Kapil Mani Dixit is an extremely skilled figurative artist. He is well-known and well-received for his nude figure paintings drawn with the help of live models. The talented artist is a pioneer of nude artwork in Nepal and has been successful in shining the spotlight on nude figurative artwork in conservative societies, such as Nepal.
By showcasing his figurative paintings, he hopes to spread the word that nude art isn’t vulgar. It’s rather about appreciating the human body in its purest and most natural form. In his opinion, the human body is magnificent in every manner and even its flaws are to be celebrated. His work makes a bold and impactful statement but it has never been easy as Dixit has often been on the receiving end of a lot of scorn.
Dixit was interested in art since childhood. He says he was pretty sure art was what he wanted to pursue when he was just six years old. He took a nine-month training program after high school. His father, who was a government official, used to draw nude paintings as a hobby. “His sketches used to be so perfect and beautiful. I think that stayed in my subconscious mind,” he says.
A brief period of confusion followed when he chose to study commerce, but he was never particularly interested in it. He then got enrolled at the Lalit Kala Campus, a fine arts campus in Kathmandu, for a two-year course. After that, he traveled to the United States of America and got a degree in fine arts from the University of Texas, Arlington. Dixit was in the US for 11 years before “finally realizing that it wasn’t the place for him”. He returned to Nepal in 2008.
According to him, nudity is not and should not be glamorized. It’s the most natural thing in the world. “The models talk to me and I capture their feelings. I use male, female, and trans models. Size and gender are no bar. I just want to portray the human body,” he says. There are many models who are insecure about their bodies but still want to pose for him. They are trying to become comfortable with themselves. Sometimes even rape survivors approach him. Everyone always has a story to tell. “These models don’t do it for a paycheck. It’s a cathartic process for them where they try to accept their bodies,” he adds.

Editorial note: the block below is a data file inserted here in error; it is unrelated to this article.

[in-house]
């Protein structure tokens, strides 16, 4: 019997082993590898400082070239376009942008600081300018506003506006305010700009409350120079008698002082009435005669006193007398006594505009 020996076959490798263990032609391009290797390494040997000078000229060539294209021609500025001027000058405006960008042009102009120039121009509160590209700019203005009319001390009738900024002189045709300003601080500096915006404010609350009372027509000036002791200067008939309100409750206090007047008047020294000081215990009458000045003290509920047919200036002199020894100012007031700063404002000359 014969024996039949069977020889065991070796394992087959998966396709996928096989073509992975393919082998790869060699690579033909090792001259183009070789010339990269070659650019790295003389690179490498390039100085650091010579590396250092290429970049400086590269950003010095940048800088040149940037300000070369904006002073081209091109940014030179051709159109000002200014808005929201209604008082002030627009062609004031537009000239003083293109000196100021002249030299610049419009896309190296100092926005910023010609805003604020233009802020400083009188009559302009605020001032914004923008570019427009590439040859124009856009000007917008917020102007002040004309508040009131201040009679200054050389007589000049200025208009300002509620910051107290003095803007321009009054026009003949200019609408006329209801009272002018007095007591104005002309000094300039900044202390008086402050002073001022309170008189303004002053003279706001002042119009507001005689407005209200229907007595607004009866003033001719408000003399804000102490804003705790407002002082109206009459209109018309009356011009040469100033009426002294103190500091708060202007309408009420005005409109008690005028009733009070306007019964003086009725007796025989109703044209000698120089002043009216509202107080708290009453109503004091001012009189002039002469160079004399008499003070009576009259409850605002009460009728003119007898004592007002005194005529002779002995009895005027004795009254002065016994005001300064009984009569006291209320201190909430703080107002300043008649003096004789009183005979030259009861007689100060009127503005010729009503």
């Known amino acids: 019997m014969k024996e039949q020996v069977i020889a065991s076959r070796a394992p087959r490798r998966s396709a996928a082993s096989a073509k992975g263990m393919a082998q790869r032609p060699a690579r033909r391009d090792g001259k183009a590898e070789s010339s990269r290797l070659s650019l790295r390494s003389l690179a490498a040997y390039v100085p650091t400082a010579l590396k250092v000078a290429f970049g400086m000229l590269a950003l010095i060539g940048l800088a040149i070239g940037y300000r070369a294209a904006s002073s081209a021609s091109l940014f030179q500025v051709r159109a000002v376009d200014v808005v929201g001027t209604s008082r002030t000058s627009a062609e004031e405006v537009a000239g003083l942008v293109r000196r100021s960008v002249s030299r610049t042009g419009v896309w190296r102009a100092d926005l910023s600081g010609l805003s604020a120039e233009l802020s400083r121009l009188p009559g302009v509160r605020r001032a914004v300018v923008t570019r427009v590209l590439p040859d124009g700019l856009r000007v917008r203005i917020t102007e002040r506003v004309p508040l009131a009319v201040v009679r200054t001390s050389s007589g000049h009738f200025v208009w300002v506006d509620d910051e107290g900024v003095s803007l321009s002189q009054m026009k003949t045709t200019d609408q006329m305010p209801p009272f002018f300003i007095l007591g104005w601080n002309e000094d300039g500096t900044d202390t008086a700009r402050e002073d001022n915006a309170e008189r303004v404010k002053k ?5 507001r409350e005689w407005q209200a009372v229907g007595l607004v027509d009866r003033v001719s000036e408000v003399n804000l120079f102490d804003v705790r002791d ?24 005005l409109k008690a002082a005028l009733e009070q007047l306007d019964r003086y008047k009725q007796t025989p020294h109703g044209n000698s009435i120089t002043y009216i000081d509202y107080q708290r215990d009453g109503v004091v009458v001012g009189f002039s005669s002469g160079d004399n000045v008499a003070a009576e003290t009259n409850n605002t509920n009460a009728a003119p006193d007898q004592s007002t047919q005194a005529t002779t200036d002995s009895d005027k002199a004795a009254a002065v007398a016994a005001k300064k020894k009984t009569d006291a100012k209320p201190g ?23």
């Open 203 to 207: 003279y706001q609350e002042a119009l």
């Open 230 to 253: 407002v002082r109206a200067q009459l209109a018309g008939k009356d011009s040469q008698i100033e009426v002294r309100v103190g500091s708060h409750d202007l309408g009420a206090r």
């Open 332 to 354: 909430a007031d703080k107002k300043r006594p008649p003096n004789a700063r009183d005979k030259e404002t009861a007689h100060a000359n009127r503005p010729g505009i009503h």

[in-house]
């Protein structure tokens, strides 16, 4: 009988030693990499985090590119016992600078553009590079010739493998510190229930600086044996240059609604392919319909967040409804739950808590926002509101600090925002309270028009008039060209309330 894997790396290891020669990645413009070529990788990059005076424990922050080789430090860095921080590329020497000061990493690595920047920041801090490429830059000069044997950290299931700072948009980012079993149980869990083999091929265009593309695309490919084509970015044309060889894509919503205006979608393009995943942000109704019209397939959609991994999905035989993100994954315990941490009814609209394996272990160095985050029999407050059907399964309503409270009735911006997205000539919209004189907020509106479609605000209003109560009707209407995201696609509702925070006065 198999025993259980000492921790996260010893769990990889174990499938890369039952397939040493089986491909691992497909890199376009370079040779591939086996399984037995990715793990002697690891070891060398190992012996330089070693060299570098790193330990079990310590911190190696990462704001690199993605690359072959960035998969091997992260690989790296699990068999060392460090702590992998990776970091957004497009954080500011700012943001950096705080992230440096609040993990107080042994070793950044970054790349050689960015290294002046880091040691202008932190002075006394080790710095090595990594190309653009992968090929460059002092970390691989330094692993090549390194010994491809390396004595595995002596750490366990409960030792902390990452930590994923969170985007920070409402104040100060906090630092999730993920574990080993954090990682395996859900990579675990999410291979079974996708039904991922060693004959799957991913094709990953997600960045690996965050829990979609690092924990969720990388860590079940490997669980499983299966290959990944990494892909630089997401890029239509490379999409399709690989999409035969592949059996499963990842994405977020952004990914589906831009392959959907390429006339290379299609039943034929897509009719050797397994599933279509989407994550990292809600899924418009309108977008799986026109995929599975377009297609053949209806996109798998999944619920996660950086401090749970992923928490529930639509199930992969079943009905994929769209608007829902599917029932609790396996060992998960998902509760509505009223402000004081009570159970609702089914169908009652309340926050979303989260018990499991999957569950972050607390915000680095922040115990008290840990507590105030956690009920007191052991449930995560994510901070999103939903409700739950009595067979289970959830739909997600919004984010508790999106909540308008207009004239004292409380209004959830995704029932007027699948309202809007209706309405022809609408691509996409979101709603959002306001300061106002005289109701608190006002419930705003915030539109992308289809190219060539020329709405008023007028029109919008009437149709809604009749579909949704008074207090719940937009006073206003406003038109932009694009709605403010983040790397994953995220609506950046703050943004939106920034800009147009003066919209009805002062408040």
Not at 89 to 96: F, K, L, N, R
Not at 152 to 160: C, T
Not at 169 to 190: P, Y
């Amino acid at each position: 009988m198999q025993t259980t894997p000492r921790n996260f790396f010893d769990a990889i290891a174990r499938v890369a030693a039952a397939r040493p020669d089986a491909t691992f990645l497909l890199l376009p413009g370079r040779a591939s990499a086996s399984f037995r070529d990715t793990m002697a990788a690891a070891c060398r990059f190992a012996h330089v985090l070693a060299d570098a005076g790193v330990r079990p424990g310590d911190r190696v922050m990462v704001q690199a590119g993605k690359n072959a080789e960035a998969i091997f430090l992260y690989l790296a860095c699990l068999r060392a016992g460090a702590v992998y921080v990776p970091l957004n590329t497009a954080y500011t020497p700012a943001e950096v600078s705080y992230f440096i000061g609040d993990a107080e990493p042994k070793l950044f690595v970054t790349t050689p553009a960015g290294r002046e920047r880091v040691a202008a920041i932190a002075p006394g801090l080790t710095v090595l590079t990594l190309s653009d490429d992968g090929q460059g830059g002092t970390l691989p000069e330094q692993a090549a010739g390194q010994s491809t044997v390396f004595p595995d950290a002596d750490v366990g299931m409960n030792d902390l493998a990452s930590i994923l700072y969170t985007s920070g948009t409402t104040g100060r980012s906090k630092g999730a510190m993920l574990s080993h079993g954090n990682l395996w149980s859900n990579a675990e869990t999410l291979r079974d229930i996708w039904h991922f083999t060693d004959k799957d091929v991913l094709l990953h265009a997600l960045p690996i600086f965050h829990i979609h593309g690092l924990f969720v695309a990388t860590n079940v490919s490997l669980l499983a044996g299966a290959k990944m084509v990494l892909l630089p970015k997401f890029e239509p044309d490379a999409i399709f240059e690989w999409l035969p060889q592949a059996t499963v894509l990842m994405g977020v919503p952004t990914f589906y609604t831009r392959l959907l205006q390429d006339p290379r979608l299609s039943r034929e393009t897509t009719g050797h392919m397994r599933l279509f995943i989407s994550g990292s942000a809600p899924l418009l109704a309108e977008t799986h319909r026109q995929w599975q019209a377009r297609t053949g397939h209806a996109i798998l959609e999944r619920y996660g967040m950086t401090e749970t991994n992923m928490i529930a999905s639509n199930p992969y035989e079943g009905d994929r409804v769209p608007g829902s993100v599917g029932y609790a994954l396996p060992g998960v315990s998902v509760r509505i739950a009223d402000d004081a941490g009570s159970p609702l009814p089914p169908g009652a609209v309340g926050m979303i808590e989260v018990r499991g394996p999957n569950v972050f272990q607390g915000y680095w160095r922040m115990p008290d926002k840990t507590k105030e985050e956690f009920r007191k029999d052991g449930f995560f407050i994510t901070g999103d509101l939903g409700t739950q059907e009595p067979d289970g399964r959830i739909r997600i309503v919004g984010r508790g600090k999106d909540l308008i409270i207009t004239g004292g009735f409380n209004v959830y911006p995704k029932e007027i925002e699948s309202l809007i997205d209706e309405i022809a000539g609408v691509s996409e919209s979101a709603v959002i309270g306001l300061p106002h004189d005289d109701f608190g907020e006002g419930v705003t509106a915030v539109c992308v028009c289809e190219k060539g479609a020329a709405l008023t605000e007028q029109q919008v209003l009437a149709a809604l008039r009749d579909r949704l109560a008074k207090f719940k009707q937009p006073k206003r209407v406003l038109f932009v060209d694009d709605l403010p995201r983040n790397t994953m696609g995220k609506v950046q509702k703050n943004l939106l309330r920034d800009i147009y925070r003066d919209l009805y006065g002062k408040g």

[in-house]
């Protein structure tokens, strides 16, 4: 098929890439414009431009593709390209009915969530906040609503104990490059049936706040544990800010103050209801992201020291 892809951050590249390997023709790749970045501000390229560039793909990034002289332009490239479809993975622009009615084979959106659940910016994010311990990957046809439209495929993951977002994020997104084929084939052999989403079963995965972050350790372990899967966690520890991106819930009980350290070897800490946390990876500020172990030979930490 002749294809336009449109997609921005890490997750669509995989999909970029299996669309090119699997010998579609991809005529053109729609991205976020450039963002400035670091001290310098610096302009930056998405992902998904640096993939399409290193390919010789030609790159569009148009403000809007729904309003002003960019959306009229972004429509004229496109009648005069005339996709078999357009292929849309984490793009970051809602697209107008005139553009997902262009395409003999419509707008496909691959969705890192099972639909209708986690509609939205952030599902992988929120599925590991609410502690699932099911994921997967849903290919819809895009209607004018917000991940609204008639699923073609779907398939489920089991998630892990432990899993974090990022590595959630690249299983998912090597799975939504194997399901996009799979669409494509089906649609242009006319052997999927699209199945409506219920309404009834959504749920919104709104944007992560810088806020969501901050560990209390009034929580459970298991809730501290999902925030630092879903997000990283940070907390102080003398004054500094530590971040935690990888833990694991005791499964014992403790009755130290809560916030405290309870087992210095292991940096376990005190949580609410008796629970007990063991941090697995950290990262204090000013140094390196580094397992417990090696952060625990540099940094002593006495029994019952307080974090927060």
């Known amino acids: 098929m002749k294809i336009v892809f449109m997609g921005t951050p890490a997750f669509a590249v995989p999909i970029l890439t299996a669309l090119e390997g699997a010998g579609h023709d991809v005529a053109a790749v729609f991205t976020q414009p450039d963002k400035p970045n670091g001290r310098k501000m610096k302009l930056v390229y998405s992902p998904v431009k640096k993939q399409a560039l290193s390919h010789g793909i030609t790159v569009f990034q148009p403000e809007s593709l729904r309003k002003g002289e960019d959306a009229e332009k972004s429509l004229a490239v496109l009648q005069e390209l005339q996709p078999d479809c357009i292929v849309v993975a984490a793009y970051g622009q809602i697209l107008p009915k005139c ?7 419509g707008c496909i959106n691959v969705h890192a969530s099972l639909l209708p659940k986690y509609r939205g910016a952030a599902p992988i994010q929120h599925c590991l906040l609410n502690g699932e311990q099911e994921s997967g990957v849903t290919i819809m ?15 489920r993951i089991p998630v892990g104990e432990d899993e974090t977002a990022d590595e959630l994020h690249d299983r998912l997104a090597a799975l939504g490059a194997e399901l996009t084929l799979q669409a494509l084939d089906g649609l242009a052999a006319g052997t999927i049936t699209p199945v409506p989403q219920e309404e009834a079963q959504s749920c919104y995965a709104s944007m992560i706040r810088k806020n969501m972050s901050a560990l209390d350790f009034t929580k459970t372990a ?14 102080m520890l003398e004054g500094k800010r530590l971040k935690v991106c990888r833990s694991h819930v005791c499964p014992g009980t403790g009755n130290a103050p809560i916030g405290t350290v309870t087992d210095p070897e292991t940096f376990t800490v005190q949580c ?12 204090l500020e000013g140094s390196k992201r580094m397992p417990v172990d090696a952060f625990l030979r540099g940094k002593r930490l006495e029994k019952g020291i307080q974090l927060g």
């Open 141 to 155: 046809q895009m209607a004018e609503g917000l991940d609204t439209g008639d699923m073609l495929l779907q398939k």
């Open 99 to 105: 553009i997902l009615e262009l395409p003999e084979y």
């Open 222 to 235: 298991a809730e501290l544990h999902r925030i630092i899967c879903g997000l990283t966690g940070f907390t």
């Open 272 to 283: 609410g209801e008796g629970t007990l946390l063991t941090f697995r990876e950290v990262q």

He believes the human body is a beautiful thing and no one should be ashamed of their body, no matter what others tell us. “Our society’s definition of beauty constantly changes with time. Instead of dwelling on our insecurities, we should celebrate what we already have,” he says.
You could say Dixit’s clear beliefs have been shaped by the criticism he received for his work. From being blamed for ruining the Nepali culture to excluding him from functions and gatherings, he has had to steel himself against a lot of testy times. But nothing people have said can change his relationship with art.
He has also been lucky because his family has always supported him. His wife, he says, is his biggest cheerleader. Even when people have made fun of him at family functions and he has felt embarrassed, he has taken comfort in the fact that his wife has always understood and applauded him. He laments that his work, however, makes things difficult for his family too. He realizes this is inevitable but it’s sometimes hard to let things slide when people, who are closed to new, different ideas, are mean to his loved ones.
Dixit has two daughters, and he gives his girls the necessary exposure to his works. He thinks parents and children should be able to talk about anything. He wants normalcy in his line of work and thinks change should start at home. “When my daughter was really young, she looked at one of my paintings and said that the subject wasn’t wearing a diaper. I found the comment hilarious. But it was also a good step towards normalizing nude paintings,” he says.
In addition to talking about awareness, he also aims to influence youth to take up figurative paintings. His heart swells with pride when young people say his works inspire them, it feels like his hard work and struggles haven’t been futile. Dixit wants to open a school for figurative drawing in the future so that the new generation can normalize and popularize this artform.
“If you are closed to ideas and concepts that aren’t in line with yours, everything you don’t understand will seem like a big deal. Nude painting is one of the many examples of that. There should be more conversations on taboo subjects and these conversations have to first happen at home,” he says.
Dixit is currently working for the exhibition ‘Nude’ that will be held in October this year. It’s a series of quick nude gestures.